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“Lorraine Shemesh: Inside Out” at Gerald Peters Gallery.

“Lorraine Shemesh: Inside Out” at Gerald Peters Gallery.

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That stage-by-stage metamorphosis, which Ovid so brilliantly captured in the climactic moment of each episode in his masterpiece, is caught in Shemesh’s Lunge, which suspends the discernible figure of the boy just at the moment his head breaks the surface of the water. The viewer can almost hear the adults poolside breathe a sigh of relief they will not have to rescue him.

Shemesh is well known in New York art circles, having had eight solo shows at the Allan Stone gallery from 1981 to 2011 (this is her first with Gerald Peters). Her paintings are included in the collections of the Butler Institute of American Art in Youngstown, Ohio, the Boise Art Museum, the DeCordova Museum in Lincoln, Massachusetts, and the Rhode Island School of Design Museum. Her secure hand in painting the figure was trained at the Tyler School of Art and Boston University, while the colors hint at a strong familiarity with the Bay Area painters, including Richard Diebenkorn and Wayne Thiebaud. She lives and works in New York City.

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“Lorraine Shemesh: Inside Out” at Gerald Peters Gallery.

“Lorraine Shemesh: Inside Out” at Gerald Peters Gallery.

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There is a secret subtext to the show. The exhibition combines the seven large oil paintings with studies (many of them graphite wash on mylar, a notably liquid medium). Most important but easily missed, there is also a group of ceramic vessels, decorously arranged on shelves near the door, that Shemesh made in between painting sessions using a Japanese process called Neriage (colored clays layered to build patterns in vessels). Many of the vessels also abide by the doubling (above and below the water line, tight and loose, realistic and abstract) that make the paintings so admirably dialectical.

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Ceramics by Lorraine Shemesh on view in “Lorraine Shemesh: Inside Out” at Gerald Peters Gallery.

Ceramics by Lorraine Shemesh on view in “Lorraine Shemesh: Inside Out” at Gerald Peters Gallery.

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Among them, the Blue and White Twist Vessel, made last year, is a pointed reminder to note the correspondence not only with the fluid idiom of the paintings, but the floating divers of the Matisse cutouts that are trawling the art historical background of the show. As she says, “Clay has a memory, is easily broken, sensitive to touch and temperature, capable of fragility and strength, and greatly affected by the atmosphere in which it finds itself.”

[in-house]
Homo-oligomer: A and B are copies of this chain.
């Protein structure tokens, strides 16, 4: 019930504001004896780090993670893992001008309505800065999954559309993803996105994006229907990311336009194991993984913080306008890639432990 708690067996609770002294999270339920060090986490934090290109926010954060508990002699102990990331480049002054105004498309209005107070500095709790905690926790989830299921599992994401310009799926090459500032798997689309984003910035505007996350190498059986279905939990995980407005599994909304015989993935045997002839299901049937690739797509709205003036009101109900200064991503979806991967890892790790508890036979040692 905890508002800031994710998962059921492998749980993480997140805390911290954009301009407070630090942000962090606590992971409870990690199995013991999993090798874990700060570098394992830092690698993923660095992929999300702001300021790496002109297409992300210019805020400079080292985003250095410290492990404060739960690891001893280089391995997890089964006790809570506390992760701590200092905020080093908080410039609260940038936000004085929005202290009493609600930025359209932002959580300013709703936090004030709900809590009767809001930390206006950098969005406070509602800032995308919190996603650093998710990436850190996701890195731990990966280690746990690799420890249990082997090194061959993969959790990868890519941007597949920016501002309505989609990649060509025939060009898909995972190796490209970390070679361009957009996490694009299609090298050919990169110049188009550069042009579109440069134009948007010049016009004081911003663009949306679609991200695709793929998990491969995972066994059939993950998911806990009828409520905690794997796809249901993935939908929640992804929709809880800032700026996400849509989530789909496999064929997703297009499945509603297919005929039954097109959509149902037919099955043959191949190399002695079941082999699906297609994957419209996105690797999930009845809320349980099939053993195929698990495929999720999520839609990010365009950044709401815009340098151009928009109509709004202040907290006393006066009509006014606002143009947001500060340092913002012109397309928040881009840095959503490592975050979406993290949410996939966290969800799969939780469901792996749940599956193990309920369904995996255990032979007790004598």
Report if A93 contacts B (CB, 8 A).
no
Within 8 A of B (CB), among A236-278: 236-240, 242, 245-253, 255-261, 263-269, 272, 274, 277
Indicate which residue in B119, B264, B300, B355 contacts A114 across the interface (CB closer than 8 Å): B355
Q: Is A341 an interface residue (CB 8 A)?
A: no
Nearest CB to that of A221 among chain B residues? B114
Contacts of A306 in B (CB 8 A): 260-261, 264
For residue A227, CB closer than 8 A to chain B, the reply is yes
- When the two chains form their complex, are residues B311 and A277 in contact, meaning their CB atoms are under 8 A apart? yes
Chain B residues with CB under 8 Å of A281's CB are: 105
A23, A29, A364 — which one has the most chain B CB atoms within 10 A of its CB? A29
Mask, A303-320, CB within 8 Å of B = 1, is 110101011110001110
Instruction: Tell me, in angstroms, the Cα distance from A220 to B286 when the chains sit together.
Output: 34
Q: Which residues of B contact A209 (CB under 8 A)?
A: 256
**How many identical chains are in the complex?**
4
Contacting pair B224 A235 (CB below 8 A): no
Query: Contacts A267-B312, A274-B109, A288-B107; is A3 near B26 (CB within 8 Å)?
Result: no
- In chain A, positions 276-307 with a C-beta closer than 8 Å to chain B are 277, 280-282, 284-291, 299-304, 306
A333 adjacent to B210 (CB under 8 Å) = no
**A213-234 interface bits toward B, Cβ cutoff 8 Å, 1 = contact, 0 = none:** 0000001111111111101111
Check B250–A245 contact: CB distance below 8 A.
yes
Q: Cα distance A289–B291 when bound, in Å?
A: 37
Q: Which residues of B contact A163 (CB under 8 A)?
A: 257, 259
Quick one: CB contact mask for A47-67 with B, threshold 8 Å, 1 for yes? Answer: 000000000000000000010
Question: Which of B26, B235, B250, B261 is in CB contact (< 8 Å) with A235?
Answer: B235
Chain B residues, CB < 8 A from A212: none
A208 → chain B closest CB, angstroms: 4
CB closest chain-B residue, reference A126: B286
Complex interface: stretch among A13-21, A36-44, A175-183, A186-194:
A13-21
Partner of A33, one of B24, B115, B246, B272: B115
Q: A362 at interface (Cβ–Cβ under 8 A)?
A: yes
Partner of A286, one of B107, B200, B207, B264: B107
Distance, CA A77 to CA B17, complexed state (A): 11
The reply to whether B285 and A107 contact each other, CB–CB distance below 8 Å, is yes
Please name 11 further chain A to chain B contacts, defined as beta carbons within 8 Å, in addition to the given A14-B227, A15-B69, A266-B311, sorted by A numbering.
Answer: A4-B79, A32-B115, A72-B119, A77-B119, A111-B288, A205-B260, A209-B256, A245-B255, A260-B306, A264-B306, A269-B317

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Ceramics by Lorraine Shemesh on view in “Lorraine Shemesh: Inside Out” at Gerald Peters Gallery.

Ceramics by Lorraine Shemesh on view in “Lorraine Shemesh: Inside Out” at Gerald Peters Gallery.

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I would recommend a sea poem as the perfect literary accompaniment to this show. It is not by John Masefield or Walt Whitman, celebrants of the ocean in its epic aspect; its author is the more lyrical Wallace Stevens, who fled Hartford and his dreary job in insurance for the inspiration of the waves at Key West. It was in Florida that he composed an ode worthy of Keats on the metamorphoses of form that Shemesh so avidly records.

In “Idea of Order at Key West,” Stevens also captured the way sound is changed by the wind and waves, mingling seascape and figure, one becoming human and the other inhuman. It opens:

She sang beyond the genius of the sea.

The water never formed to mind or voice,

Like a body wholly body, fluttering

Its empty sleeves; and yet its mimic motion

Made constant cry, caused constantly a cry,

That was not ours although we understood,

Inhuman, of the veritable ocean.”

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BASIC FACTS: “Lorraine Shemesh: Inside Out” is on view May 7 to June 10, 2016 at the Gerald Peters Gallery, 24 East 78th Street, New York 10075. www.gpcontemporary.com.

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Copyright 2016 Hamptons Art Hub LLC. All rights reserved.